Call is one way of IDing
these guys, but after you have seen both species, I feel that they definitely
have a different ‘jizz’ and tone to the
grey of the upperparts. This
however, is a relative thing, and takes a little practice, but I feel that it
can be ‘conclusive’.
I’d suggest the nasal groove is a
tough one to get, your eyes will probably explode before
you see this feature in the field (except through really expensive optics at
very close range). In my experience
(which is by no means exhaustive with either of these species) grey-tailed do tend
to hold themselves more horizontal (similar to a terek
sand), have a lighter more washed out grey tone to the upperparts, and the
supercilium is generally prominent well past the eye. Wandering tats tend to hold themselves
more upright with a longer necked stance (greenshank-ish),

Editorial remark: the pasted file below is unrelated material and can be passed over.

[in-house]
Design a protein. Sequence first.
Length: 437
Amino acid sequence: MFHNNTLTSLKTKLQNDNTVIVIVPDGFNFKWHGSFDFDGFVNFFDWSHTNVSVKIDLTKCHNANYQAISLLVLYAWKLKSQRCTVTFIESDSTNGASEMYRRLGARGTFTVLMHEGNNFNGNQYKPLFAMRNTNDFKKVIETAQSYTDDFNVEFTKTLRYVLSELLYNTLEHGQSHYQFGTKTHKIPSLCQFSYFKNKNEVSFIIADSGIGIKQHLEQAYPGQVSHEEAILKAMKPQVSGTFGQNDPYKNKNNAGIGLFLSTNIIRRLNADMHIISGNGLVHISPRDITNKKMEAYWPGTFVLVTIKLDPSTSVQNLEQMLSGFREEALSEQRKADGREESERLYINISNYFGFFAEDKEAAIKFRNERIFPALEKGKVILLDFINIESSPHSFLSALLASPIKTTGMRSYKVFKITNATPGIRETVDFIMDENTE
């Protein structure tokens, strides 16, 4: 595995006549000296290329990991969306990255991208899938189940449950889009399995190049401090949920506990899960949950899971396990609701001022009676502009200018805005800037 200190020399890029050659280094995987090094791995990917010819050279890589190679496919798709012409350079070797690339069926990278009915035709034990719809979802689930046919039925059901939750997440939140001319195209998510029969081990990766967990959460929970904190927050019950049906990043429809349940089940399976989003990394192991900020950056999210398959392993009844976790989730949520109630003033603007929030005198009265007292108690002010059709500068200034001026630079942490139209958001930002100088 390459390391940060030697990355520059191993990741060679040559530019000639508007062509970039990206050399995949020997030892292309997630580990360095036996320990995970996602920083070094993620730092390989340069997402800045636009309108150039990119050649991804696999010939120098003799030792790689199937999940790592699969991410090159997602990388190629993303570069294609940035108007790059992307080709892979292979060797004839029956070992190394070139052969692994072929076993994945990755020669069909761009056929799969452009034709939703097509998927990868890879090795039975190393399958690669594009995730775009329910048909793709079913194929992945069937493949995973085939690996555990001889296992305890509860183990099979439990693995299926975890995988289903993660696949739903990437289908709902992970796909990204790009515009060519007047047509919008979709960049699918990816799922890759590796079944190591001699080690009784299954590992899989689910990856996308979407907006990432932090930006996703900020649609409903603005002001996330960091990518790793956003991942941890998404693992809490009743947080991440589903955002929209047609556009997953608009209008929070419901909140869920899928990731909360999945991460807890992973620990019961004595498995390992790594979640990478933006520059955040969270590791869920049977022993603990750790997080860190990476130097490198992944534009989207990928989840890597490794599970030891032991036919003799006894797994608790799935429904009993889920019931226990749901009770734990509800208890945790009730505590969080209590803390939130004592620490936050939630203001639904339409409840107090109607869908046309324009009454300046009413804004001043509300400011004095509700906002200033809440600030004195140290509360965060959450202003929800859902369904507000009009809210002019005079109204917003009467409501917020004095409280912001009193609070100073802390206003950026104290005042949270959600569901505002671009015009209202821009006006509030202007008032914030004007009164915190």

have a far darker grey tone to the upperparts, and the supercilium is generally
far less prominent. They seem to be
a bit more long legged in the field to – as far as measurements go,
however, the difference in tarsus length is in the realm of millimetres
(according to HANZAB), so is probably more an artefact of the birds stance.
Still I guess this won’t help conclusively
with your ID problem Brian….just my thoughts.
[ On Behalf Of Keith Brandwood
16 January 2003 1:49 p.m.
Subject: [BIRDING-AUS] grey or
Hi everyone, Brian, I believe the only way you can ID these
two species is by call, or the extent to which the nasal groove extends down
the bill, and you need to be close up with a scope to see this feature.
supercilium, plumage colour and extent of wings past tail tip are not
conclusive in my opinion.